The wrestling team at Parkersburg South High School in West Virginia seems to care more about promoting Jesus than it does providing a welcoming environment for all students.
Specifically, one Bible verse — Philippians 4:13: I can do all things through Him who strengthens me — is emblazoned all over the place.
On their t-shirts, which they wore during the season:
Atop their school’s gym doors:
Even on their school’s website, where it was listed as the official team motto as recently as February:
Just to be clear, if this were just the students themselves making t-shirts, this wouldn’t be an issue. They have every right to do that. But when school officials allow the Bible verse to be painted in the gym and printed on the website, they’ve crossed an unconstitutional line. That’s an endorsement of Christianity, pure and simple.
After Patrick Elliott of the Freedom From Religion wrote district officials a letter warning them of the legal violations, they began to take some action.
They scrubbed the website of the motto.
They said they would paint over the verse in the gym. (Though they haven’t done so yet.)
And the team’s Facebook page seems to have deleted any images or references to the shirt (and they’re not responding to commenters who want to know where they can purchase one).
As you can imagine, the parents of team members are flipping out because, you know, “Christian Persecution” and all. One family even hired a lawyer who thinks that since the students aren’t forced to wear the shirts, everything should be perfectly fine.
But again, that’s missing the point. The problems are the school’s promotion of the Bible verse and the coercive nature of the shirts.
The district’s superintendent, Dr. Patrick Law, says he doesn’t know anyone on the team who complained about the message. But of course he wouldn’t know.
Imagine being on that team, where you’re surrounded by Jesus-lovin’ at all times. Are you really going to take a stand against it? I’m not saying you’d be kicked off the team, but who wants to be the least popular person in a sport where you’re dependent on the support and encouragement of your teammates? It’s much easier to just go along with the crowd and not raise a fuss.
As Katherine Stewart said so eloquently in The Good News Club about students who compete on teams where they’re surrounded by faith,
… they know that the locker room is no place for dissent, and that a refusal to participate [in the religious rituals] could easily be construed as a sign of a lack of commitment to the team. They have learned that they have to pray to play.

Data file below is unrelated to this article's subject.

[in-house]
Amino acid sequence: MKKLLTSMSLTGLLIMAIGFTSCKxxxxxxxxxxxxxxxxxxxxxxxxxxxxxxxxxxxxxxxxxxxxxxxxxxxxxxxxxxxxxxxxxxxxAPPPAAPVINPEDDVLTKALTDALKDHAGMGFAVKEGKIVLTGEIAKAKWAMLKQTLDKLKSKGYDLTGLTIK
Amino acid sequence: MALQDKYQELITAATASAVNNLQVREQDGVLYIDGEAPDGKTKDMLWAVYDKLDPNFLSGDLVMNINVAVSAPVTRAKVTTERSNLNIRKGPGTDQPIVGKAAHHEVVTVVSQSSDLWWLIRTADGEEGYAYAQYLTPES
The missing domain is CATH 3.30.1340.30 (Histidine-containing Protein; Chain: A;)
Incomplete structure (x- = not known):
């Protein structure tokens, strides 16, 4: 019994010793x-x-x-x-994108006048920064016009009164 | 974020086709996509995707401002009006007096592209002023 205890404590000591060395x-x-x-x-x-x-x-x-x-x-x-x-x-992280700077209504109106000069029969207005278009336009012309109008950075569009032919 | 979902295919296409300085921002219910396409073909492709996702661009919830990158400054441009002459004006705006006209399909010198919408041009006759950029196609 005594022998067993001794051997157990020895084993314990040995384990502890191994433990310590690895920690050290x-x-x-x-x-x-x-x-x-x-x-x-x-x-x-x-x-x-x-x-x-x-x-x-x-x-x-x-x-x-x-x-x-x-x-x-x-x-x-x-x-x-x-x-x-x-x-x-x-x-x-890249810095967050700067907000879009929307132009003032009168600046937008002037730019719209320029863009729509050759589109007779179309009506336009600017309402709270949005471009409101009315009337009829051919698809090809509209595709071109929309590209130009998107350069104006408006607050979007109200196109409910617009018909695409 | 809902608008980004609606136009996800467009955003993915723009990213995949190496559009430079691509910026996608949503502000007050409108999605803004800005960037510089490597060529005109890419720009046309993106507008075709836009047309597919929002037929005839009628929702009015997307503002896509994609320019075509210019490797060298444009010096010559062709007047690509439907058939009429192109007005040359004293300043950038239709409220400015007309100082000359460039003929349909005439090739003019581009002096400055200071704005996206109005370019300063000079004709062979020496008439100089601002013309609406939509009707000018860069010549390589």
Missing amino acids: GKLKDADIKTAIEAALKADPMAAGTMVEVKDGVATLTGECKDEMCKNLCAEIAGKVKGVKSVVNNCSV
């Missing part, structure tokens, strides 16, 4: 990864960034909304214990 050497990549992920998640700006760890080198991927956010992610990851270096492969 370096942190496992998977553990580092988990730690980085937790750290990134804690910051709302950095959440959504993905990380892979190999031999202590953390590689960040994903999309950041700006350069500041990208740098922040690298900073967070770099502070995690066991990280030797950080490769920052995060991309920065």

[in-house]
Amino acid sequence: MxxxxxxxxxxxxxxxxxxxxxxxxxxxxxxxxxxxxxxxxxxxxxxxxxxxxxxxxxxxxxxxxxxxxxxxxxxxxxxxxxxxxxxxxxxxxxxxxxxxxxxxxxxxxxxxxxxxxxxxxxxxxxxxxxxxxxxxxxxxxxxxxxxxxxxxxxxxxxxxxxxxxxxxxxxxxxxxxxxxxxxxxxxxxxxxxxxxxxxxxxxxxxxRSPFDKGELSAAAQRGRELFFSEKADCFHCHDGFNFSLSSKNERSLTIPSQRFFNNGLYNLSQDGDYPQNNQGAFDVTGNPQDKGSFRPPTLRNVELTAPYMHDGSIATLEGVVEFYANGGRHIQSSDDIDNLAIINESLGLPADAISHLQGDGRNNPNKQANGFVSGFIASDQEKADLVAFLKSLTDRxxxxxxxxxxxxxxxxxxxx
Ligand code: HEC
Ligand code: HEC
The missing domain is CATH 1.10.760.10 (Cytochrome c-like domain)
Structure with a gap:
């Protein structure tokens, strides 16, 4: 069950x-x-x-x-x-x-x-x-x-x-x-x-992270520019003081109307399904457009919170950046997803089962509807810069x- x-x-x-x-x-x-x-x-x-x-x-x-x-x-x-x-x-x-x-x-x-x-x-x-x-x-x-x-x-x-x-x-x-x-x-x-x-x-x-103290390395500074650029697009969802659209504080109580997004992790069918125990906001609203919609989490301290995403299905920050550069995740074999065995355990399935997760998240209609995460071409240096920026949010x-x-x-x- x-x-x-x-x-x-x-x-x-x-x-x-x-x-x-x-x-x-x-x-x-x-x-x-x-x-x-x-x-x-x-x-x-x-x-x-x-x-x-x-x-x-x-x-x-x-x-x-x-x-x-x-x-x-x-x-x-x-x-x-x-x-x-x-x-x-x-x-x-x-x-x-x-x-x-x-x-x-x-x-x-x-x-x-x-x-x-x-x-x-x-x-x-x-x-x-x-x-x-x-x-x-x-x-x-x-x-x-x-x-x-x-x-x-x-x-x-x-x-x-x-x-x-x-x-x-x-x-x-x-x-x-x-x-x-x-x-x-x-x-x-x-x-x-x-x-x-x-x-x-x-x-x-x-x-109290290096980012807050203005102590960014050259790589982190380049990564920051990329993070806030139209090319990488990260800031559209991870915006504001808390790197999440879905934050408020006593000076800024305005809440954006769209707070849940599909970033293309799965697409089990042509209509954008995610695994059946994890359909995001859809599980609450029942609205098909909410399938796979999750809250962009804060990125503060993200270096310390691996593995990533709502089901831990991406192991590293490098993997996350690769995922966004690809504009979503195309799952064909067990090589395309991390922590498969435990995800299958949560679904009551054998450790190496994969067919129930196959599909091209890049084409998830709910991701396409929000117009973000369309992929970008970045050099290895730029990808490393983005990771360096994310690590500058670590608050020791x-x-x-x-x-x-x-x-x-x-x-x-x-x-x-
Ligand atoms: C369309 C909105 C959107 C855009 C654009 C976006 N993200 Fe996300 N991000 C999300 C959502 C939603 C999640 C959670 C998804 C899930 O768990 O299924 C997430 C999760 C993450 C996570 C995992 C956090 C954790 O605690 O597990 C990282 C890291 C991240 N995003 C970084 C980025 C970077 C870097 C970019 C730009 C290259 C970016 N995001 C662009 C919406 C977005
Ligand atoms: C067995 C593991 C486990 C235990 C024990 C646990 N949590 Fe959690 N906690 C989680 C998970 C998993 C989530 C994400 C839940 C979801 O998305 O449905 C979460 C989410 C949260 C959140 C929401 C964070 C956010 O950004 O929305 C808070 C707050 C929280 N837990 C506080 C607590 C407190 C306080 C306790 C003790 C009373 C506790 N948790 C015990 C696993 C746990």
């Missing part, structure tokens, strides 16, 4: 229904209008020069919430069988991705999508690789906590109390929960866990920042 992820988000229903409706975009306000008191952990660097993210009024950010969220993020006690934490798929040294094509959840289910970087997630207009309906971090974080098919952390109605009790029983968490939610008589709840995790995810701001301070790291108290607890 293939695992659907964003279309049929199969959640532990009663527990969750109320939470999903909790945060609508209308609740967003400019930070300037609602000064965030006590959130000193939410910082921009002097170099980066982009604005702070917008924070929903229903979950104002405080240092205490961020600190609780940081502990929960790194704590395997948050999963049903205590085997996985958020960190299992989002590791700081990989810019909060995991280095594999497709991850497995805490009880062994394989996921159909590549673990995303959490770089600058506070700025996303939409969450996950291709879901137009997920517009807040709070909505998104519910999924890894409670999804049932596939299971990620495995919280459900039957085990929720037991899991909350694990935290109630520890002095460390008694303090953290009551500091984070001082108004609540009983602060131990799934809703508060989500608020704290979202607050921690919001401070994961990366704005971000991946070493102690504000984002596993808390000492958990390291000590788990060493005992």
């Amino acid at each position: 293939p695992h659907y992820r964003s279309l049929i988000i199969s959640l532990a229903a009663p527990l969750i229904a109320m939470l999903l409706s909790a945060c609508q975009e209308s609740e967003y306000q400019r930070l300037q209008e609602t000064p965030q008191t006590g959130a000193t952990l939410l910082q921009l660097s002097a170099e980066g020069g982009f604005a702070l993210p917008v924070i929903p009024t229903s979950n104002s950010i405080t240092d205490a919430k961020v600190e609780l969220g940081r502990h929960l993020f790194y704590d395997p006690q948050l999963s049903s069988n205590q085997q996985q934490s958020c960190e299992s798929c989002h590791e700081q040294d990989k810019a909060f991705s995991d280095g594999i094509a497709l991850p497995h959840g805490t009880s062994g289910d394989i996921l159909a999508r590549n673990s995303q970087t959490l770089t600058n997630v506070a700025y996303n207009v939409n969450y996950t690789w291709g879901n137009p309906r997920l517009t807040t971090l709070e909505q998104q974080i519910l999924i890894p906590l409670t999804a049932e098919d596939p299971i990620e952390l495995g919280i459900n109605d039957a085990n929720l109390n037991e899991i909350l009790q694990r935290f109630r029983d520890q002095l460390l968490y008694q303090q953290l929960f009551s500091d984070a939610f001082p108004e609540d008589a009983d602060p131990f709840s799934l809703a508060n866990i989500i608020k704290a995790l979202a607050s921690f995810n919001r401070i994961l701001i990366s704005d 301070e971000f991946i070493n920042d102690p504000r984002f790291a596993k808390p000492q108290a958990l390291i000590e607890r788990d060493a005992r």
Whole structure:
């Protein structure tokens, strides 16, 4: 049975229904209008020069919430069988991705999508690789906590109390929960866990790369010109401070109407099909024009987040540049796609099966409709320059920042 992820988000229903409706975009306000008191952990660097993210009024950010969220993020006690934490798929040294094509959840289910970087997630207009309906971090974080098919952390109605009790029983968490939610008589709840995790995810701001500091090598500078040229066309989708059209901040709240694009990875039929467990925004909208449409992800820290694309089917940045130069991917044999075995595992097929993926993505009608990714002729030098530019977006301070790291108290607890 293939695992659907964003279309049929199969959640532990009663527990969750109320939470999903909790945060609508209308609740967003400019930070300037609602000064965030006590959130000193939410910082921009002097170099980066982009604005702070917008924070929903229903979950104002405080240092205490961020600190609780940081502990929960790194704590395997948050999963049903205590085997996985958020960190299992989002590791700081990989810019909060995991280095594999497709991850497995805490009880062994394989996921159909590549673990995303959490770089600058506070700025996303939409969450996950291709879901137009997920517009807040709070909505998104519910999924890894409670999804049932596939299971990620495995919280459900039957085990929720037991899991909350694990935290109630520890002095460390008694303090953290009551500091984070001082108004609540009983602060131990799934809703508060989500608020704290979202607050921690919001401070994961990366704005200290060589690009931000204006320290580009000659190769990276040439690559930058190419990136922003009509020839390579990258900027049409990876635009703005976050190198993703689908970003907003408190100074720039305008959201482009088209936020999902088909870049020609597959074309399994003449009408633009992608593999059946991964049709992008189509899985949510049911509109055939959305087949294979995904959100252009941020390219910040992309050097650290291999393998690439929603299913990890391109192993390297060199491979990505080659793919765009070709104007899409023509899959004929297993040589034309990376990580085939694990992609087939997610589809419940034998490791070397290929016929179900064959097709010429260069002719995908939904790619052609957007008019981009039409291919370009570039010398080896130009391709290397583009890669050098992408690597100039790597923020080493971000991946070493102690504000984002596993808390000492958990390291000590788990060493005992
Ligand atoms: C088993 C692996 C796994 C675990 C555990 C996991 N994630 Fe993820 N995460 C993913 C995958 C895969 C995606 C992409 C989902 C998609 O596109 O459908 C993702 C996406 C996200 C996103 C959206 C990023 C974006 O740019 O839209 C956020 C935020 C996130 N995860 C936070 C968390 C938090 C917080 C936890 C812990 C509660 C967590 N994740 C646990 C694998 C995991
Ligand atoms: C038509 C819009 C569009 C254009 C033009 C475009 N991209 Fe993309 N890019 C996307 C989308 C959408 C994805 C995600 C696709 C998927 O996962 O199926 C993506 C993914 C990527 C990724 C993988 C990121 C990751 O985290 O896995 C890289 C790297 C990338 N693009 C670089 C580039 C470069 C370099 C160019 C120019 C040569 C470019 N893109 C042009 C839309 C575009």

We don’t know who tipped off the FFRF to the problems at Parkersburg, but it wouldn’t be surprising to me if it was a member of the team who didn’t want to be publicly outed.
Of course, Todd Starnes and the usual defenders of Christian privilege are complaining about how their freedoms are under attack. Starnes says this is the work of “militant atheists,” proving that he knows very little about both law and war. To no one’s surprise, Starnes completely ignores the fact that the school’s website included the verse and that it was painted atop the gym doors. Those facts would destroy his narrative because they’re undoubtedly illegal.
Instead, he focuses on how no one complained about the motto for ten years. As if no one was bothered by this until FFRF came onto the scene. He ignores the possibility that no one said anything for so long out of fear of being harassed or picked on by “loving” Christians. Which is precisely what’s happening now.
Anyone complaining about the FFRF’s challenge needs to defend the verse painted in the gym and the verse on the school’s website. And while we’re at it, let’s see them defend all of those things if it were a verse from the Koran instead of the Bible.
They won’t do that, though. They’re too busy pretending like they’re upset because they can’t stamp lines from their holy book anywhere they want.
(Thanks to Brian and Daryl for the link)